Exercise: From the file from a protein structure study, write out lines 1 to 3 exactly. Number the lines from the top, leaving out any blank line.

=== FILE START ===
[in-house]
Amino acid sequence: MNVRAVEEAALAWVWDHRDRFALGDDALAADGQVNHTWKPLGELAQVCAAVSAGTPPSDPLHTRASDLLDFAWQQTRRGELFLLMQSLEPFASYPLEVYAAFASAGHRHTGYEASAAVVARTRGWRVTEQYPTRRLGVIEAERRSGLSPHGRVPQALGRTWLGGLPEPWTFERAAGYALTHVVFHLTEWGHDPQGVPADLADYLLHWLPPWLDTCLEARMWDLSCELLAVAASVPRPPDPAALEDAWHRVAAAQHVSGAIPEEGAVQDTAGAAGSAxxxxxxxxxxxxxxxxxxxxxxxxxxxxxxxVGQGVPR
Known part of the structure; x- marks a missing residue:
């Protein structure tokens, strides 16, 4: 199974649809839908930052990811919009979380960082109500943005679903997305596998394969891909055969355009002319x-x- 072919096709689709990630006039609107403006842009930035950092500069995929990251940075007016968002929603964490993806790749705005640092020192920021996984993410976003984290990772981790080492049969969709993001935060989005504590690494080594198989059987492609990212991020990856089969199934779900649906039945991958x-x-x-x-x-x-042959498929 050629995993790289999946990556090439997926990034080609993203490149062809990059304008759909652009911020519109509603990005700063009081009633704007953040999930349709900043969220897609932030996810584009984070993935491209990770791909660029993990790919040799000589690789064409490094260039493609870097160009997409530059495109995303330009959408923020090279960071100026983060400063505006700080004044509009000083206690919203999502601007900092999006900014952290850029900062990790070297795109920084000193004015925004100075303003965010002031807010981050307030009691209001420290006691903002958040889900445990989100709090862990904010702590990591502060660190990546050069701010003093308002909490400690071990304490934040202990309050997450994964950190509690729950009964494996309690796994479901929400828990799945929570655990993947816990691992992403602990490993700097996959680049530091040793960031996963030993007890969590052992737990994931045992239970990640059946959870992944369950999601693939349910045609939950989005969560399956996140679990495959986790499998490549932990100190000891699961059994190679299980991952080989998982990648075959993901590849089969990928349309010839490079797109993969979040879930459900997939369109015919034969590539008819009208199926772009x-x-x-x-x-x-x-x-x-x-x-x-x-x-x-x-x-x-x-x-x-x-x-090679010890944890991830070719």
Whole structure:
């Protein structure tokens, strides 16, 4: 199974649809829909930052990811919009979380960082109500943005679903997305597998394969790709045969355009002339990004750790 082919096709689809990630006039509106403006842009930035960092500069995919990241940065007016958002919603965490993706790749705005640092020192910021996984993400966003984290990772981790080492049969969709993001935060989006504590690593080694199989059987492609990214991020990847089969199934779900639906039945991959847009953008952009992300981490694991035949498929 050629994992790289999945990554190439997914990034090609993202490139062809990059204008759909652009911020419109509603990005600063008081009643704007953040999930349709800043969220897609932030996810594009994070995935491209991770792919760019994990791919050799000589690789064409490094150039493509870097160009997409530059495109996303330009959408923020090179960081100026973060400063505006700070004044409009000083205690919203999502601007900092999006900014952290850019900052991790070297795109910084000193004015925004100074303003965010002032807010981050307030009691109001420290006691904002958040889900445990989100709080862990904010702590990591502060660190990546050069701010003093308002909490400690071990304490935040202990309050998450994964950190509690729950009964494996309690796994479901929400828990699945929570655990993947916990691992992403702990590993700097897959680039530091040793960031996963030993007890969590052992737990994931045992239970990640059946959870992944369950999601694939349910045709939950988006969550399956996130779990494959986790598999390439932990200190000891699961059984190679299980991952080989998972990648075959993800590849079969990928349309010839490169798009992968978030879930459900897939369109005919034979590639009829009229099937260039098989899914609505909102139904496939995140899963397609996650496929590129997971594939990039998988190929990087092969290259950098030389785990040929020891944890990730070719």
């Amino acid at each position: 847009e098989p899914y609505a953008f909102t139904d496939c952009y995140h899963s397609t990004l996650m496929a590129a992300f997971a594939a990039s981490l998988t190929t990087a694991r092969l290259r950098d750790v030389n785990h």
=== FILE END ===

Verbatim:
[in-house]
Amino acid sequence: MNVRAVEEAALAWVWDHRDRFALGDDALAADGQVNHTWKPLGELAQVCAAVSAGTPPSDPLHTRASDLLDFAWQQTRRGELFLLMQSLEPFASYPLEVYAAFASAGHRHTGYEASAAVVARTRGWRVTEQYPTRRLGVIEAERRSGLSPHGRVPQALGRTWLGGLPEPWTFERAAGYALTHVVFHLTEWGHDPQGVPADLADYLLHWLPPWLDTCLEARMWDLSCELLAVAASVPRPPDPAALEDAWHRVAAAQHVSGAIPEEGAVQDTAGAAGSAxxxxxxxxxxxxxxxxxxxxxxxxxxxxxxxVGQGVPR
Known part of the structure; x- marks a missing residue: